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Many enemies as a writer, many enemies as a Jew


Portnoy's Complaint
Philip Roth Writer
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Portnoy's Complaint was published in... I believe it was February 1969, and it was a sensation. It was an experience unlike any I was ever to know in the future and unlike anything that had happened to me in the past, really, and I would go so far to say that out of my contemporary's, none... none of them has met with… no book of theirs has met with such a reception, though many of them have written excellent books and they've been well received, because this was a scandal and my whole education… nothing in my education prepared me to be a scandalous writer. I thought I was going to be a serious writer and I didn't… but the moment I became comical and free-wheeling in this way, I became a scandalous writer. And if certain Jewish organisations or eminent Jews had been irritated by Goodbye Columbus, this was a disaster in their terms. This was the… this was the anti-Semitic book to end all anti-Semitic books. Gershom Scholem, the... the Jewish scholar and who's now dead, denounced the book in the Haaretz, the Israeli paper, as the book that all the anti-Semites have been waiting for, for years.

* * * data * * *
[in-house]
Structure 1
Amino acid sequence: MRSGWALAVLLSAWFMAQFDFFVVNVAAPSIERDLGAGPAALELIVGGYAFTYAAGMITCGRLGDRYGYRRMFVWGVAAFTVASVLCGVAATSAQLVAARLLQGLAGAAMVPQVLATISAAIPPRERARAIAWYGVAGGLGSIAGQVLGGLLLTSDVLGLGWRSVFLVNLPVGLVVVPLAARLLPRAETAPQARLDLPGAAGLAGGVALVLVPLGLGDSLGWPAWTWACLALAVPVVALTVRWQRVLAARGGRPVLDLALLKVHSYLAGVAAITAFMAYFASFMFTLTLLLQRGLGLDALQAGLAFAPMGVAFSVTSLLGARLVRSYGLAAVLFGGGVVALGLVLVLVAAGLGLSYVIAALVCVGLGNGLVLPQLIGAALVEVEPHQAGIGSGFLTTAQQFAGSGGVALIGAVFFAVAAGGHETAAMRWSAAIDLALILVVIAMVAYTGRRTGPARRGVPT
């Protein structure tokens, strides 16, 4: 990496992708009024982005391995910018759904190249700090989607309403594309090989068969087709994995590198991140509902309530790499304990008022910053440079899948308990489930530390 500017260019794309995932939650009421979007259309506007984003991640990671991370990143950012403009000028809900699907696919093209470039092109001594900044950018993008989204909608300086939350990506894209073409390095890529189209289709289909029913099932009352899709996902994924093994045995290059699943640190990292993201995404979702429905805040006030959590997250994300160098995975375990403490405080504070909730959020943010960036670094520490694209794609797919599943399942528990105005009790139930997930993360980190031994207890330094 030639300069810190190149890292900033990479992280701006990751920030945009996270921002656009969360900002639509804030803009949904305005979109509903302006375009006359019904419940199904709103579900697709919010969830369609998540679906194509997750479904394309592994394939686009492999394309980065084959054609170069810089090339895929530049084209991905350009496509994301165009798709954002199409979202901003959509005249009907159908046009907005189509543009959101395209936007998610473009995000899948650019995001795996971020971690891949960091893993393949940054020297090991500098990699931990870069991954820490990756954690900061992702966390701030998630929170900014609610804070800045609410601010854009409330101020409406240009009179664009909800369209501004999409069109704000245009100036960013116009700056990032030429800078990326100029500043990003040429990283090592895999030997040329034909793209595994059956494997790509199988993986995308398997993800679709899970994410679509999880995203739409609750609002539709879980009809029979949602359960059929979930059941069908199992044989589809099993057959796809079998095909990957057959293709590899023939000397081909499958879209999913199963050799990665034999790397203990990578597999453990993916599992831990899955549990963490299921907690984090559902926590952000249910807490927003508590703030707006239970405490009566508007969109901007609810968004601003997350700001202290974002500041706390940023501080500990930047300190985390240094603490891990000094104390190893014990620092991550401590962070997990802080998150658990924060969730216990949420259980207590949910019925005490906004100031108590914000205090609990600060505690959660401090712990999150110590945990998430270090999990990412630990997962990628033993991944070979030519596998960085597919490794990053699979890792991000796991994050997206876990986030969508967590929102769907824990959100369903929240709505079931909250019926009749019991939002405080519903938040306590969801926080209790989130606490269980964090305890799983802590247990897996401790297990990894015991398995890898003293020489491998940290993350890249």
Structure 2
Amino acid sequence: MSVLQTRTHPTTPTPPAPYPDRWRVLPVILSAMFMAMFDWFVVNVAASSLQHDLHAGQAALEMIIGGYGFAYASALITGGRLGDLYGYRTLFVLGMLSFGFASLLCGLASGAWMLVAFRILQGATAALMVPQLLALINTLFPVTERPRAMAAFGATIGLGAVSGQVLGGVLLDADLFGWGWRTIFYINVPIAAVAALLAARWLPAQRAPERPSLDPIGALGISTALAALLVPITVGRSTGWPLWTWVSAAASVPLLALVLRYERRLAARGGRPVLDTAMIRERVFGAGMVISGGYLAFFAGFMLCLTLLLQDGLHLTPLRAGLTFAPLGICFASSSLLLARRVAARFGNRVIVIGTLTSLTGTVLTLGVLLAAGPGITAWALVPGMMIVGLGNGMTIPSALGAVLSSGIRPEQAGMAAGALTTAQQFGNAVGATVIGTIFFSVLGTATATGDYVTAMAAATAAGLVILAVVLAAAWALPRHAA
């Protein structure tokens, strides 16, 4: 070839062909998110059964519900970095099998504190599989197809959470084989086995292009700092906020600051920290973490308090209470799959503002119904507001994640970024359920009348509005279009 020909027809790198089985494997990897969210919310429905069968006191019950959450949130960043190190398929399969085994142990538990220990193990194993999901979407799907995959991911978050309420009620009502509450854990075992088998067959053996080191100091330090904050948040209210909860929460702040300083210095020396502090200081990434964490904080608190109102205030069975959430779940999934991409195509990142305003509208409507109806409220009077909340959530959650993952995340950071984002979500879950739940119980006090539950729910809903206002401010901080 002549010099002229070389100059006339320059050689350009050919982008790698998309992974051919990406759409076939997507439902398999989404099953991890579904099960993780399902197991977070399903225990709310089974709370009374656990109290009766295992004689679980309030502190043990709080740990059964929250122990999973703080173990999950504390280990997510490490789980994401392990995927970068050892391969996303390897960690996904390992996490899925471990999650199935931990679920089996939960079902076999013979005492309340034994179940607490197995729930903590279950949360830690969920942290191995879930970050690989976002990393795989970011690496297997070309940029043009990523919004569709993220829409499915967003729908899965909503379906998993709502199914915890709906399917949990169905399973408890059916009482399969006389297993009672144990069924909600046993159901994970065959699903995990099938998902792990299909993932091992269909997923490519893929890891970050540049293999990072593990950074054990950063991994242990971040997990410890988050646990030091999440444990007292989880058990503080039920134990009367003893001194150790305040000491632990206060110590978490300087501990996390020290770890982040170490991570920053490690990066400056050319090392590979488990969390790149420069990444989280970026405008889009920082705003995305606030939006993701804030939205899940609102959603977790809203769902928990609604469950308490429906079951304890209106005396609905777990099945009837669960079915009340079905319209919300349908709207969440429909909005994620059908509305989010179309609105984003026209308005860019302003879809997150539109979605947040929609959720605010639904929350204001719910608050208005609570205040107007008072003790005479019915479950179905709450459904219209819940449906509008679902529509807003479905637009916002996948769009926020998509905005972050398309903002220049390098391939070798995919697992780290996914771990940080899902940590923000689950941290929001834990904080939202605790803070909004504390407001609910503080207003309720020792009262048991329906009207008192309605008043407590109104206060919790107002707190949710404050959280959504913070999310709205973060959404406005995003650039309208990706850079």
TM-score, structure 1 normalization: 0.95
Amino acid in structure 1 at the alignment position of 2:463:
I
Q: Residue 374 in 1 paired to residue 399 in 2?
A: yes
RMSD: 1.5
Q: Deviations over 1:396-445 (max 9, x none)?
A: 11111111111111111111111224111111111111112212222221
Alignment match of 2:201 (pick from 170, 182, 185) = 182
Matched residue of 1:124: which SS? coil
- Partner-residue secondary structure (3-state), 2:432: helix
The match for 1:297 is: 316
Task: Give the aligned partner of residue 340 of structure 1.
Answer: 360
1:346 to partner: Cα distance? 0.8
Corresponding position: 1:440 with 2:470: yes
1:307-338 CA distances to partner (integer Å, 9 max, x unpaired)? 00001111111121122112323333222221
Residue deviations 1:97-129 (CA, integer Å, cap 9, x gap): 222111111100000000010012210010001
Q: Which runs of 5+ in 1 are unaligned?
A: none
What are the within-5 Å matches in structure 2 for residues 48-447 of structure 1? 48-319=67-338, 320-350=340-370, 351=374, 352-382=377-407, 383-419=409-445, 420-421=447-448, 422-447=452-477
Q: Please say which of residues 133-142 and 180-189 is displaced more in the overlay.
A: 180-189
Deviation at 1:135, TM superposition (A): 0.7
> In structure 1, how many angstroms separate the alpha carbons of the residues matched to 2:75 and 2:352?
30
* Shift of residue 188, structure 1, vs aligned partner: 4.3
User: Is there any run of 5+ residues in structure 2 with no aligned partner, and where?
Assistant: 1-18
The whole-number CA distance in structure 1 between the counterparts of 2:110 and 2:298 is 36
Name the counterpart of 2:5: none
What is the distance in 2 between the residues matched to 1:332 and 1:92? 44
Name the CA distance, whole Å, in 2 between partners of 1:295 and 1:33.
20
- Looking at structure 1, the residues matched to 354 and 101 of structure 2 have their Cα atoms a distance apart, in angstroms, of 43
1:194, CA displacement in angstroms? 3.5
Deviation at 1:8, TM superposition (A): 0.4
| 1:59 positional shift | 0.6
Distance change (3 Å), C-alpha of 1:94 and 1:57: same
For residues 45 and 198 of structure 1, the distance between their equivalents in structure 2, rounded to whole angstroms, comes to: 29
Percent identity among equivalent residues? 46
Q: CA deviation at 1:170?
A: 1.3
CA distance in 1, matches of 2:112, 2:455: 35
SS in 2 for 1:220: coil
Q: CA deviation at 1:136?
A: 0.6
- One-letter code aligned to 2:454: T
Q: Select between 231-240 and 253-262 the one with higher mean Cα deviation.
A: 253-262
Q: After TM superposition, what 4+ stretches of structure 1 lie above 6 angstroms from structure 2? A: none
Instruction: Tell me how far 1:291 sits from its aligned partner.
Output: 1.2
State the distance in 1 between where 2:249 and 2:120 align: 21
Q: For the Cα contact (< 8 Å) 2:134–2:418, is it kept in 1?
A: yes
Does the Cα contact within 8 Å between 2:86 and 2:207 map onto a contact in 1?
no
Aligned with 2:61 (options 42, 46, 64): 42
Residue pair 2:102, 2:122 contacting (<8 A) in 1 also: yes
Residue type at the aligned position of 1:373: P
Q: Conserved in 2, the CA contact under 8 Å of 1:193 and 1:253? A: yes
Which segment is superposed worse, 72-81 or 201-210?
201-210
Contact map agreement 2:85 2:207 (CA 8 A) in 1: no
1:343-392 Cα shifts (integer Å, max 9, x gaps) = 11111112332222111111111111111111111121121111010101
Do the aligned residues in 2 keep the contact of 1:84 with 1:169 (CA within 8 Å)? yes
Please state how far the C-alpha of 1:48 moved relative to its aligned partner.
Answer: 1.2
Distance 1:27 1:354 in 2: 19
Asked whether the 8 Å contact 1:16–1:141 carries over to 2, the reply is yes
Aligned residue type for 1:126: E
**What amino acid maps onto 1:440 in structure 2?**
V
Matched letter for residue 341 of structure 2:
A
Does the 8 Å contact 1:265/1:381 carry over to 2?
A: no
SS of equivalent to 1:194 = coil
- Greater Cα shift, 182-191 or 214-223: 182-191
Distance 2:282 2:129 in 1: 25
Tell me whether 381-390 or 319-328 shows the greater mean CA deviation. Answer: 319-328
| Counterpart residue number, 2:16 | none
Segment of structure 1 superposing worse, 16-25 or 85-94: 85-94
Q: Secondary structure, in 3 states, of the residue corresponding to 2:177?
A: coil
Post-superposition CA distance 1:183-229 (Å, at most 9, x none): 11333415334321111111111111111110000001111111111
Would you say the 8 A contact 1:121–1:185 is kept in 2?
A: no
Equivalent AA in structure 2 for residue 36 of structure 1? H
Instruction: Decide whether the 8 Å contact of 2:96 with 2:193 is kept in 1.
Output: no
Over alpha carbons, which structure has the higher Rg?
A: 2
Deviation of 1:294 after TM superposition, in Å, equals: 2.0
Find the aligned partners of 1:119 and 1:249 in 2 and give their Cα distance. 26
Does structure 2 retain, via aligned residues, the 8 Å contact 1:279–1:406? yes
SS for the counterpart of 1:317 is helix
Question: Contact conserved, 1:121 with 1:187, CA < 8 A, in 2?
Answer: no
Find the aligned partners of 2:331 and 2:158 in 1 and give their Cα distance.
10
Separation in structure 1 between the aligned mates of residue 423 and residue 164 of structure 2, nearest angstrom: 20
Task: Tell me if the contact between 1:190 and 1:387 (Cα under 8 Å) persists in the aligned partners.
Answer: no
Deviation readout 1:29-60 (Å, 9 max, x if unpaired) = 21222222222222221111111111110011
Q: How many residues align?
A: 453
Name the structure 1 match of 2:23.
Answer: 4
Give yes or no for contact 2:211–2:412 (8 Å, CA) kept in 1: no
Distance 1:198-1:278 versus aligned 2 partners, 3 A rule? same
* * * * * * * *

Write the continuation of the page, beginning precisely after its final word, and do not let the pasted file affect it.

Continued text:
So that was pretty much the tenor of the criticism. But... it hardly… it didn't get criticism only, it was... it was wildly received and made me so recognizable that I completely lost my anonymity in the street here in New York and after two or three months to about… two or three months after the publication, I left New York to avoid being so visible. I... I didn't like walking down the... street with people pointing at me or calling out to me, 'hey Portnoy', and so on. I didn't… I didn't like it, maybe I should have. And I was... I was thrilled to be successful in this way and the book became number one on the best seller list, but I was not thrilled to be visible in this way, and so I... I left and I really never… I really didn't return for 20 odd years.

The fame of the American writer Philip Roth (1933-2018) rested on the frank explorations of Jewish-American life he portrayed in his novels. There is a strong autobiographical element in much of what he wrote, alongside social commentary and political satire. Despite often polarising critics with his frequently explicit accounts of his male protagonists' sexual doings, Roth received a great many prestigious literary awards which include a Pulitzer Prize for fiction in 1997, and the 4th Man Booker International Prize in 2011.

Listeners: Christopher Sykes

Christopher Sykes is an independent documentary producer who has made a number of films about science and scientists for BBC TV, Channel Four, and PBS.

Tags: Goodbye Columbus, Haaretz, New York, Gershom Scholem

Duration: 2 minutes, 56 seconds

Date story recorded: March 2011

Date story went live: 18 March 2013